The European Commission adopted on Tuesday its latest reports on developments on judicial reform and the fight against corruption in Romania and Bulgaria, in the context of its commitments under the Cooperation and Verification Mechanism (CVM).

The Commission’s report, which evaluates the situation since November 2018, criticises Romania for the fact that it has backtracked from progress made in previous years and calls the latest developments “a source of great concern”, and as a result will continue monitoring the country through the CVM.

In Bulgaria’s case, the EC says it has seen “consolidation of the legal and institutional framework put in place over previous years”, and that Bulgaria has met the commitments it made at the time of its accession to the EU.

On Romania, the EC writes that “since the last report the Commission has had to raise a number of times rule of law-related concerns with the Romanian authorities in relation to developments on judicial reforms and the fight against corruption. On each of these occasions, the Commission has confirmed backtracking from the progress made in previous years and this evolution is a source of great concerns.”

The Cooperation and Verification Mechanism (CVM) was established at the accession of Romania to the European Union in 2007 as a transitional measure to facilitate Romania’s continued efforts to reform its judiciary and step up the fight against corruption. It represented a joint commitment of the Romanian State and of the EU. In line with the decision setting up the mechanism and as underlined by the Council, the CVM ends when all the benchmarks applying to Romania are satisfactorily met.

In January 2017, following a comprehensive assessment of Romania’s progress in the ten years since its accession, the Commission issued 12 recommendations for Romania under the CVM. Had these 12 points been resolved, Romania’s CVM oversight could have been lifted. However, in November 2018, eight additional recommendations were issued. “Ending the CVM was made dependent on fulfilling these recommendations in an irreversible way, and on the condition that developments did not clearly reverse the course of progress,” the Commission says.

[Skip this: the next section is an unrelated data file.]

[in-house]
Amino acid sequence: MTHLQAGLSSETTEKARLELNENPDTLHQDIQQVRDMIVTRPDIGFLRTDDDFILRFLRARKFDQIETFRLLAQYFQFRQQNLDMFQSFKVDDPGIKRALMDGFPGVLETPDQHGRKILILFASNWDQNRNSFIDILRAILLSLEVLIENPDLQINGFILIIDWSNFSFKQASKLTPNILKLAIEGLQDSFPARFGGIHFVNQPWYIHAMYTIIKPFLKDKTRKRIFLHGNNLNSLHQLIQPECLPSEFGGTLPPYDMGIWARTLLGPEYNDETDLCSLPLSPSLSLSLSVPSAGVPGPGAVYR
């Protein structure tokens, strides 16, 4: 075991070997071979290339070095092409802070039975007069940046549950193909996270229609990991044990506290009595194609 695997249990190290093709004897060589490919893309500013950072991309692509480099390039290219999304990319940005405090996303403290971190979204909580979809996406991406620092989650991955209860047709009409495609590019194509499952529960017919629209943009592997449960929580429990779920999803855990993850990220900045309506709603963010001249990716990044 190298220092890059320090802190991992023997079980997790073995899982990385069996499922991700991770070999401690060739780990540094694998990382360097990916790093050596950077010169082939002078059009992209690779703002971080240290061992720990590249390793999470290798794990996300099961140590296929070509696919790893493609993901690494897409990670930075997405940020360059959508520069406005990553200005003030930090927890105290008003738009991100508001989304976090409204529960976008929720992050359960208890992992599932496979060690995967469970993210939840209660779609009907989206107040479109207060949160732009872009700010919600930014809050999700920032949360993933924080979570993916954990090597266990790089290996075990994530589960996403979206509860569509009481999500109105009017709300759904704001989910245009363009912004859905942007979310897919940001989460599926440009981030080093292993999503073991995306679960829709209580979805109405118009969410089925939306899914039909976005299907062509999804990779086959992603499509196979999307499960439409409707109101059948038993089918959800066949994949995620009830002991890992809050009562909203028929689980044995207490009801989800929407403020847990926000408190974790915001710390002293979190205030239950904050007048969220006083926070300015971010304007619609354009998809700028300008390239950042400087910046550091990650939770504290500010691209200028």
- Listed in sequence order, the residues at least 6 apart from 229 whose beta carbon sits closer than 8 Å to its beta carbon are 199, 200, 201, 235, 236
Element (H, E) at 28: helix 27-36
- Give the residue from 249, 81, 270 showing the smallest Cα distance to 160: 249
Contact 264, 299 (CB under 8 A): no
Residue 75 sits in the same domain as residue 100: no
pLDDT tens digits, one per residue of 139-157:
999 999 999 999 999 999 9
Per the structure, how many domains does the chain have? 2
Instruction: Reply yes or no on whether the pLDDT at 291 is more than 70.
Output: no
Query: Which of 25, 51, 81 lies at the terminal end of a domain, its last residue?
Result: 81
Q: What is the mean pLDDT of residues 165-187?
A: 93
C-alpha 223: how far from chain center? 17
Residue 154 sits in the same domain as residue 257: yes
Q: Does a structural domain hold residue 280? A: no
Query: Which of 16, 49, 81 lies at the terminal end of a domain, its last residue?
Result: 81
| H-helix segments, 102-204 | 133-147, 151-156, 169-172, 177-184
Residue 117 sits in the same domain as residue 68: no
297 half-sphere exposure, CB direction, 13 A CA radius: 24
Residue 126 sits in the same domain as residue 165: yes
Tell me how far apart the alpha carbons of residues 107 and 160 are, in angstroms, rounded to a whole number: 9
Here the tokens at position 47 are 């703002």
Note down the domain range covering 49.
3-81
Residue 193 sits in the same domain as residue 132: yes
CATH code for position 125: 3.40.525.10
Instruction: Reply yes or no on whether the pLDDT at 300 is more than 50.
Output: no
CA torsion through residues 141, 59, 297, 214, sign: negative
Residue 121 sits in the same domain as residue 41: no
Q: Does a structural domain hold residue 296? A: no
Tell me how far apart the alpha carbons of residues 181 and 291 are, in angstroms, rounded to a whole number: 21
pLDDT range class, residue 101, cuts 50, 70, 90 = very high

In last year’s report, the Commission called on the key institutions of Romania to demonstrate a strong commitment to judicial independence and the fight against corruption, and to restore the capacity of national safeguards and checks and balances to act when there is a risk of a backwards step. At the time, the European Parliament also issued a resolution calling for cooperation and citing the risk to the rule of law.

EU officials also note that it warned Romanian authorities in May 2019 that “if the necessary improvements were not made, or if further negative steps were taken, the Commission would take steps under the rule of law framework, beyond the parameters of the CVM.”

“These recommendations need to be followed if the reform process is to be put back on track and the path towards the conclusion of the CVM, as set out in the January 2017 report, resumed. The Commission is confident that Romania could give a new momentum to fulfilling the objectives of the CVM, and stands ready to help the Romanian authorities to this end. The Commission will continue to follow developments closely through the CVM.”

“The Commission welcomed the fact that in June the Romanian government expressed a wish to reset the approach. It notes that an effort has been made to invest in new consultation and dialogue with the judiciary. The Commission looks forward to the translation of this commitment into concrete legislation and other measures. Progress will require concrete steps – both legislative and administrative – to address the recommendations summarised in this report. The key institutions of Romania need to collectively demonstrate a strong commitment to judicial independence and the fight against corruption, and to ensure the effectiveness of national safeguards and checks and balances,” the report reads.


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